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I'm developing a mini framework and I want to perform changes to existing methods. I know in order to deprecate a method I can use the @deprecated annotation. However, what annotation should I use to let the users know that I'm going to change the amount of parameters a method will receive or maybe the returned result?

I'd like to know what annotations to use in PHP.

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    Java and Php are very different languages and the conventions of one don't necessarily apply to the other (nor are the experts of one always familiar with the other). Is there one you could ask about in this question? – user40980 Feb 20 '14 at 3:48
  • @MichaelT When it comes to knowledge I have no language preference :) Right now, I would need the PHP answer more than the Java one. However, I would like to know the answer for Java too and I feel like asking a so very similar question twice wouldn't make any sense. I guess Java experts can answer the Java one and PHP experts can answer the PHP one. – Mosty Mostacho Feb 20 '14 at 3:51
  • The java question and the php ones are separate questions. I would suggest editing this question to be one or the other, and see how well that gets answered (I wouldn't suggest asking them both at once as any problems with one would mean the other one would have the same problem - better to ask once for one, fix as necessary and then ask the other with the additional information you know). – user40980 Feb 20 '14 at 3:53
  • Sounds fair to me. – Mosty Mostacho Feb 20 '14 at 3:55
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Assuming you're using versioning, you should make a note of breaking changes in the changelog when it occurs, and announce the breaking change a version ahead of time (or a couple versions ahead of time depending on how widely your project is used). If all you're doing is expanding an existing function signature and can get away with having the new parameters being optional then you don't need to announce this, but might still want to consider putting it in the changelog.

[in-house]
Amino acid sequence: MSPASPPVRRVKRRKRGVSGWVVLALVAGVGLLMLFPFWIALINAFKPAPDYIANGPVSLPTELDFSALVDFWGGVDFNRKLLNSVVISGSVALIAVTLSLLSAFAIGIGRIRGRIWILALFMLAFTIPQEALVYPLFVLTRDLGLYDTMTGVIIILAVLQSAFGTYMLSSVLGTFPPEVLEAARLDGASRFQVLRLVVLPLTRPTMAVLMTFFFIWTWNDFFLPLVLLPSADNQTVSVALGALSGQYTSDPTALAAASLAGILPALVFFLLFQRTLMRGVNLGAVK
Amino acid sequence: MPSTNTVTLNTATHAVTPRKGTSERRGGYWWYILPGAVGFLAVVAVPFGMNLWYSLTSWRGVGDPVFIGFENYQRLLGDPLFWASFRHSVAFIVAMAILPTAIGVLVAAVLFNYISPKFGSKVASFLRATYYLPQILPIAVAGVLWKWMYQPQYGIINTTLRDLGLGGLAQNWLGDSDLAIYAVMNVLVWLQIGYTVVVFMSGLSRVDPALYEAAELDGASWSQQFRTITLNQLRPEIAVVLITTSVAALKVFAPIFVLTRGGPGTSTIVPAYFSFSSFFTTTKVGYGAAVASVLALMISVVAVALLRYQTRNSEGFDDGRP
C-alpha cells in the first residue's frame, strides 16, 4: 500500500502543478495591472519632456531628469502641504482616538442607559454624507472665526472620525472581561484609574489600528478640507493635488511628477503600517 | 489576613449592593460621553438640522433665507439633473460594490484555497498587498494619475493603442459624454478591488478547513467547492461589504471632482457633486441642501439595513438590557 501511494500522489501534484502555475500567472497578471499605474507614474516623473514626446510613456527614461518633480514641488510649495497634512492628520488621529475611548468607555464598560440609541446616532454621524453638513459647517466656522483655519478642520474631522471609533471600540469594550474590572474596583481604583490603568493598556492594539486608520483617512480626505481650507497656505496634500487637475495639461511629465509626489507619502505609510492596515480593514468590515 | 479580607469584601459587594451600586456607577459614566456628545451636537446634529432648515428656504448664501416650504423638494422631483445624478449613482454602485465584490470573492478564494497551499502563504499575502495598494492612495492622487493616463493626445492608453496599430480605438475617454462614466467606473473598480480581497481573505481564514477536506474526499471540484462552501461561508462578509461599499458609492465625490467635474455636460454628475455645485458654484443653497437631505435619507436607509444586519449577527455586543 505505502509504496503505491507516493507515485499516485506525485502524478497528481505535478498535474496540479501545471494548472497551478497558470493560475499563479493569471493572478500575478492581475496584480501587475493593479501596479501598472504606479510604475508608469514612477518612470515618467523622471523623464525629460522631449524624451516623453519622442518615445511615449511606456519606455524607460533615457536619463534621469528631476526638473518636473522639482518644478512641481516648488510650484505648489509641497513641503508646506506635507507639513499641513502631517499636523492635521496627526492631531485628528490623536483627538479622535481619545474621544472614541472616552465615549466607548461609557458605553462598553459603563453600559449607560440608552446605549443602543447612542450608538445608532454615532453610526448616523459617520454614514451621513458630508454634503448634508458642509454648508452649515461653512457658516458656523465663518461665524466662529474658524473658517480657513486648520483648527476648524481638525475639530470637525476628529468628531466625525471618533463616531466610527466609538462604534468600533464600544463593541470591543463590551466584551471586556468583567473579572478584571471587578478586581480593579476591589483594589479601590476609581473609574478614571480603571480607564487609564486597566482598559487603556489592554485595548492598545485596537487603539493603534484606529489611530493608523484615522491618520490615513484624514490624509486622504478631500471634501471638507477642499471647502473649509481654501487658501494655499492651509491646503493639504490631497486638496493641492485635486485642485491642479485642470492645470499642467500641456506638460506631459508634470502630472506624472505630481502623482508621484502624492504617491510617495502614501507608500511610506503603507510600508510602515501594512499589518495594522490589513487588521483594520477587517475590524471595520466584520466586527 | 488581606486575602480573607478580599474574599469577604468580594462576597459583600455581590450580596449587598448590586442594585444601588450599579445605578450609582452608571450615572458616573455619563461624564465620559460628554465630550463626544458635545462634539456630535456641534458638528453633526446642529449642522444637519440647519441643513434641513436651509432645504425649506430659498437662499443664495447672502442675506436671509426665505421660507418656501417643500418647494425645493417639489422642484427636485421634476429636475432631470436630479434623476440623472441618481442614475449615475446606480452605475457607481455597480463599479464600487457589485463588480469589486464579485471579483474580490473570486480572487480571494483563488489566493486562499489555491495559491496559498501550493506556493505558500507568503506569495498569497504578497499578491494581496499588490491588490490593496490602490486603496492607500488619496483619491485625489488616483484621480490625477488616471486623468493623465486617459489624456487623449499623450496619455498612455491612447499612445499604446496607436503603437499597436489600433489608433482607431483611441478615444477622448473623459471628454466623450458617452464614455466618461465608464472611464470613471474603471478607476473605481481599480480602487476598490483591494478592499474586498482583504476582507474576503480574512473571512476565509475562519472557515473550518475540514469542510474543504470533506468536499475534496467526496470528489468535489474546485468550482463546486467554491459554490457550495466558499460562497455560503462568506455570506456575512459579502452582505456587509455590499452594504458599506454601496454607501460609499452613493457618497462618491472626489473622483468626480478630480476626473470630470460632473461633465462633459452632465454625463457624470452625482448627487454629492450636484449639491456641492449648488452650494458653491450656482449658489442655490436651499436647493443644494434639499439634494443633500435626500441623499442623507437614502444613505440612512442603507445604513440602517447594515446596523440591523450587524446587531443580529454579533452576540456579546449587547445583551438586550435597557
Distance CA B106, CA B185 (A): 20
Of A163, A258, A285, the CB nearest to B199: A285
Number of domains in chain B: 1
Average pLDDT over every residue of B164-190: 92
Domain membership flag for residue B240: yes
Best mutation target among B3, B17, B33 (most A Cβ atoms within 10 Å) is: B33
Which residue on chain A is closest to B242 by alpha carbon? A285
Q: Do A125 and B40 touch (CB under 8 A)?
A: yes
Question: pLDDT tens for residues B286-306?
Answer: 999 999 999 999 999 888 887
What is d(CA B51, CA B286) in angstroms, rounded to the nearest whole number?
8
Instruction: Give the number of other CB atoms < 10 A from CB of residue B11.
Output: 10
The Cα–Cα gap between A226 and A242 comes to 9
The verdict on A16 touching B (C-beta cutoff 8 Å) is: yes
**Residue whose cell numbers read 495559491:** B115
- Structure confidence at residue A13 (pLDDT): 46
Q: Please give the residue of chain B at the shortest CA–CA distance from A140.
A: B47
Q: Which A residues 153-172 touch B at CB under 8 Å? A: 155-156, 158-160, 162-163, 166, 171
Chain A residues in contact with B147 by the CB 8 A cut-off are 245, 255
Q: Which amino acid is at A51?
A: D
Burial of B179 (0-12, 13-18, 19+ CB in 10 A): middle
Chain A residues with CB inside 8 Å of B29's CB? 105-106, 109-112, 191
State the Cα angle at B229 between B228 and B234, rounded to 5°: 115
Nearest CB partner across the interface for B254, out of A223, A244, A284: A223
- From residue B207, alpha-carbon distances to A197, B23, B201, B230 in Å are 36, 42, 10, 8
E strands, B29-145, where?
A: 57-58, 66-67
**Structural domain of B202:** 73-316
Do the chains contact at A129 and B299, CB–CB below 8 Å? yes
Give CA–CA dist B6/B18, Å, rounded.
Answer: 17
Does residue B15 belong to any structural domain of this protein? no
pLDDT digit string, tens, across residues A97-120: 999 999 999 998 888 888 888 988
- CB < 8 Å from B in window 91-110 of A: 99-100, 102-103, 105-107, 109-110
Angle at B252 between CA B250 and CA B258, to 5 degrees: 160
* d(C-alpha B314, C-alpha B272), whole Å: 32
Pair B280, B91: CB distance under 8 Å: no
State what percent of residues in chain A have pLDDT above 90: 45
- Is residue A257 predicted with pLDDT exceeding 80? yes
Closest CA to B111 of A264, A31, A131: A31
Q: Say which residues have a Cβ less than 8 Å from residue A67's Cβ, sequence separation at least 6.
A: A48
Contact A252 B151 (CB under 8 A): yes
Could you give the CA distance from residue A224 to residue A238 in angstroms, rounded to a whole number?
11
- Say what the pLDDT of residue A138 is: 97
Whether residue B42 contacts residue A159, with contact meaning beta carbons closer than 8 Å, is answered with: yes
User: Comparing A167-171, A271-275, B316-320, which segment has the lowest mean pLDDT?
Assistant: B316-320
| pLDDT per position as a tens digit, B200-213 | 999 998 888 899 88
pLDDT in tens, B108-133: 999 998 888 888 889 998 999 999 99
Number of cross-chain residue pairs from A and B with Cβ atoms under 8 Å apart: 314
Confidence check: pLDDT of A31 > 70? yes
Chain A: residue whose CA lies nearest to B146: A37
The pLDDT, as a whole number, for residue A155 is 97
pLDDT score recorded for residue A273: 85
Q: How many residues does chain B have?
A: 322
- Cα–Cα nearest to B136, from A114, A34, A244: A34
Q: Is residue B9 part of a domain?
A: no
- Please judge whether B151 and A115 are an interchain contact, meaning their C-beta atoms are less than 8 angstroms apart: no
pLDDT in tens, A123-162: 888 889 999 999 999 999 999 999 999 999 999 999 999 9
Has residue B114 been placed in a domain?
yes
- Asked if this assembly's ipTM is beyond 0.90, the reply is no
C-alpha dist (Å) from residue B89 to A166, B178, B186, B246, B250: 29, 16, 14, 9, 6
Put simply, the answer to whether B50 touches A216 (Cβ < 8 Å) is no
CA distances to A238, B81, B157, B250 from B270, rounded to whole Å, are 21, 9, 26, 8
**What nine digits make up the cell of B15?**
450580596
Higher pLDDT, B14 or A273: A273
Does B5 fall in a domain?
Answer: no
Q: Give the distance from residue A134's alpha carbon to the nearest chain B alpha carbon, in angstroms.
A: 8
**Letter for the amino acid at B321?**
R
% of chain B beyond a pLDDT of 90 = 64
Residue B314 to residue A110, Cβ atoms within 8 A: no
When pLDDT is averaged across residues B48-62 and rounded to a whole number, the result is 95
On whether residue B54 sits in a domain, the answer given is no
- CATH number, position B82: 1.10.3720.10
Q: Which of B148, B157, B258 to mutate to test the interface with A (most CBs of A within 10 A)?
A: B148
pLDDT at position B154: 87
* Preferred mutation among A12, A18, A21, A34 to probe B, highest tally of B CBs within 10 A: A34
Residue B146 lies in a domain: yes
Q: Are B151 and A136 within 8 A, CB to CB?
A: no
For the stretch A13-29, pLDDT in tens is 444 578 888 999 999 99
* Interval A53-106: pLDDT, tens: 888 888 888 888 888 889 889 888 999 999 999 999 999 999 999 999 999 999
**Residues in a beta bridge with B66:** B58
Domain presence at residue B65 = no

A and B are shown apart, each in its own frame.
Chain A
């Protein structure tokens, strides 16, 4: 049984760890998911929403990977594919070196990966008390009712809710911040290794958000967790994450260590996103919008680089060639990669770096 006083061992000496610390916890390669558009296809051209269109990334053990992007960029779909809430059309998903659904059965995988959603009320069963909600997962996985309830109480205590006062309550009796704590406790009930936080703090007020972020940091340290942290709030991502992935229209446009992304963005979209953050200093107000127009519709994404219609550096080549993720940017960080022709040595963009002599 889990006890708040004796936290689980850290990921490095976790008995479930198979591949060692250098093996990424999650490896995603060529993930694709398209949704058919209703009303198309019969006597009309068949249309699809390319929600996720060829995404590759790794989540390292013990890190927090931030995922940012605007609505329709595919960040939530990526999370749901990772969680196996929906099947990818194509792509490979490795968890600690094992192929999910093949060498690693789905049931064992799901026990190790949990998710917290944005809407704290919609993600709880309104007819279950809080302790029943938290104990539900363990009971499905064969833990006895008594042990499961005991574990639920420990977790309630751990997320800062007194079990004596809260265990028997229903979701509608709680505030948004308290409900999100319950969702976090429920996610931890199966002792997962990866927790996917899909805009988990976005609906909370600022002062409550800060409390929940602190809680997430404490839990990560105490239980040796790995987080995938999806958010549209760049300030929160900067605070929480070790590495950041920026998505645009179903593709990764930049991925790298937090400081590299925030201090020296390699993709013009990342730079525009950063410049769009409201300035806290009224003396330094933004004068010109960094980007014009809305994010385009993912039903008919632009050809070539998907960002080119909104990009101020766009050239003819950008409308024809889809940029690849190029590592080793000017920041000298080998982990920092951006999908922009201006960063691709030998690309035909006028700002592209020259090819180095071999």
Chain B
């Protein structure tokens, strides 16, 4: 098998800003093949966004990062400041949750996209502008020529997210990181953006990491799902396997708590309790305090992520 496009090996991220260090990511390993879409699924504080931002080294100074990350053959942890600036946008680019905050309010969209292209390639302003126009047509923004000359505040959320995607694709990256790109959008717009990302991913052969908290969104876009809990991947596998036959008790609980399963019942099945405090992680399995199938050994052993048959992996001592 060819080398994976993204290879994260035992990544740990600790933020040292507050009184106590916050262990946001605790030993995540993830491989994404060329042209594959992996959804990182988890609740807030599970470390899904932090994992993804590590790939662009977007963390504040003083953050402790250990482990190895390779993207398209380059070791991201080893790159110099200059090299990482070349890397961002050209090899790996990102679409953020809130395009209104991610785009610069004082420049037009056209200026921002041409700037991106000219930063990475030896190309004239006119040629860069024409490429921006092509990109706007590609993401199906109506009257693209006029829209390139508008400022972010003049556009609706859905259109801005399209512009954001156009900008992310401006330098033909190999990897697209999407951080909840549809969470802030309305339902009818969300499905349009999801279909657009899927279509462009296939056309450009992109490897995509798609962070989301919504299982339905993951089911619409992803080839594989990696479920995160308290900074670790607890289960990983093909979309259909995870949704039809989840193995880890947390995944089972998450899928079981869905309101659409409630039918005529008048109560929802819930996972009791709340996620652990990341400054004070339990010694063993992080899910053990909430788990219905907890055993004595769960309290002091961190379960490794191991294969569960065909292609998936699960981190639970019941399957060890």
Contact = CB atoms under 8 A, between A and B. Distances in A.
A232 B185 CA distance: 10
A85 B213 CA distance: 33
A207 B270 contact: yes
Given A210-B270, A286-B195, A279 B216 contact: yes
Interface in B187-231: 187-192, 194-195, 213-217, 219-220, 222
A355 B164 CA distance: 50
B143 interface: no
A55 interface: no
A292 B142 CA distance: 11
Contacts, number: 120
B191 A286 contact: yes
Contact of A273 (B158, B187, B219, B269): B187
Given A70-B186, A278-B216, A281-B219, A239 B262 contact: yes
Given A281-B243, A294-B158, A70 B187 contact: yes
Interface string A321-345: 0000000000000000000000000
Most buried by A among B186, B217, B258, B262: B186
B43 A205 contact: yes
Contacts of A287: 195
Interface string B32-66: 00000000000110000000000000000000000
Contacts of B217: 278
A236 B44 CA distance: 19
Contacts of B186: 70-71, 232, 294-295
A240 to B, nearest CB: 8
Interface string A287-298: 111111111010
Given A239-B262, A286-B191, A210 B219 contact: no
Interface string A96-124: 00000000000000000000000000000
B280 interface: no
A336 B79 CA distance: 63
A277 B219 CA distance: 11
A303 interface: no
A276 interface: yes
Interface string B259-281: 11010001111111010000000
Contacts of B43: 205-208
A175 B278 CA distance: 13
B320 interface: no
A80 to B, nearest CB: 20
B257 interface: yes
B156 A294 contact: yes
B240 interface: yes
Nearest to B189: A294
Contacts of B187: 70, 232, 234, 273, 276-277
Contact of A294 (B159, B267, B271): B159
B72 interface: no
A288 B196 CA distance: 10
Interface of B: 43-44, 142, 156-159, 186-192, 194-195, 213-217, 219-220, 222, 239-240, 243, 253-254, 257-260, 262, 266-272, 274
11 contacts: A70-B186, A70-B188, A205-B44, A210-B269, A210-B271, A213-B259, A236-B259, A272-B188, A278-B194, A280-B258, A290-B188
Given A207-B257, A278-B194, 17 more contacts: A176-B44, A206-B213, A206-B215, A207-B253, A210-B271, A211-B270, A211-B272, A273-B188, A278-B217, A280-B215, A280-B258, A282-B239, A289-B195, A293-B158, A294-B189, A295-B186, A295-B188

To put it plainly, function signatures can't be deprecated in PHP. You can deprecate an entire function, but not a signature, since PHP functions only have one signature.

Perhaps keep the old method and have the new signature in a function with a transitional name, like "foo()" and "_future_foo()" and wait for the next-next version to replace the old one with the new one. This might complicate things, so it would be best to do what the PHP devs do and just announce the breaking change a version (or two) ahead of time.

If you find yourself changing a function signature and its return type completely, consider instead making a new function and leaving the old one alone, but mark the old one as deprecated. For that, yes, you would use @deprecated

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Depreacated does not meen you have a solution yet.

In Java hide() and show() are deprecated since years. The documentation force us to use setVisible(boolean) instead while hide() and show() - anyway hide() and show() are still working good.

@deprecated does not throw a exception, its a warning for developers.

Whenever a method do not exists anymore: a Java-Unittest will fail - but this test must has been written by the people who use your mini-framework.

Also to give info about backward-compatibility: java has a @version-annotation.

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